Share picture books that foucs on action verbs.

Activities for Kids on Verbs

by Martha Mendenhall

Staring at a worksheet with your toddler or preschooler and attempting to teach him about verbs by filling in bubbles or blanks only serves to drive both of you crazy. Kids this age need to move. They need to incorporate tangible activities that connect learning to their day-to-day experiences. So toss that worksheet in the trash and engage your child is some age-appropriate activities that focus on verbs.

1. Follow the Verb Leader

Help your toddler or preschooler to understand that verbs are action words by creating a variation on the game “Simon Says.” Begin by explaining to your child that she should follow the leader’s instructions only when they are prefaced by the phrase “Simon says.” Stick with simple action verbs such as "jump," "dance," "touch," "reach" and "shout." Toddlers enjoy the activity simply for the action, so forgo the references to “Simon Says” for these littlest ones. Once she gets the hang of the game, give your youngster a turn as the leader, with you following her instructions.

2. Verb Tenses

Whether he’s waiting for a birthday or an important holiday, your child never seems to stop asking, “How much longer?” Teach him a bit about past and future with an inexpensive calendar that displays each month on a separate page. Place easy- to-identify stickers on the calendar to mark significant dates. You might use a Santa face on December or a birthday cake on your child’s birthday month. Separate the months from the calendar and lay the pages in a line on the floor. Ask your child to stand on the current month. Show him which events are before him and which are behind, using past and future tenses. Say, for example, “Your birthday came last month” or “Thanksgiving will come in two months.”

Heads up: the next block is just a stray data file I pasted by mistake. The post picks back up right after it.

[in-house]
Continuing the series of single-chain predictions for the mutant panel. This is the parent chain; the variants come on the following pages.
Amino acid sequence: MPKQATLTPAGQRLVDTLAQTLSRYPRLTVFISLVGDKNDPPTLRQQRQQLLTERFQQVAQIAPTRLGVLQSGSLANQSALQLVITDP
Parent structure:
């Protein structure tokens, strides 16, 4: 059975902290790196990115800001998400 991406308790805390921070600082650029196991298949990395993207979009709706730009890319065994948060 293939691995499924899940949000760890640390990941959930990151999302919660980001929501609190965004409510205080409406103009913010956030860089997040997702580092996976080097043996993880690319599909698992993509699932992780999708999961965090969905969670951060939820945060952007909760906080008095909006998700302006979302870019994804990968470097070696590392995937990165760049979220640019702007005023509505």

3. The Verb "To Be"

Create a rhythm activity to help your toddler or preschooler get the hang of conjugating the verb “to be.” Show her how to keep time on a drum, rhythm sticks or simply by clapping along as you speak, “I am, you are, he is, she is, it is, we are, you are, they are.” If you take the time to emphasize each syllable, your youngster will be able to play along with a beat of her instrument for each one. Repeat this activity a few times, inviting her to join in, repeating the proper conjugation along with you. Don’t worry if your toddler isn’t quite on the beat and isn’t ready to repeat the verb conjugations. You'll be laying a strong foundation for future learning with this activity.

4. Picture Book Verbs

As you snuggle together at bedtime with a favorite story, help your toddler or preschooler begin to make connections between the illustrations in picture books and the action verbs that they depict. To locate books that emphasize action verbs, visit your local library. Check out books that introduce your child to a variety of verbs, such as the ones from the “Words are Categorical” series by Brian Cleary. His picture books “To Root, To Toot, Parachute: What is a Verb?” and “Slide and Slurp, Scratch and Burp: More About Verbs” can introduce your child to a world of new verbs in a silly, rhyming fashion.

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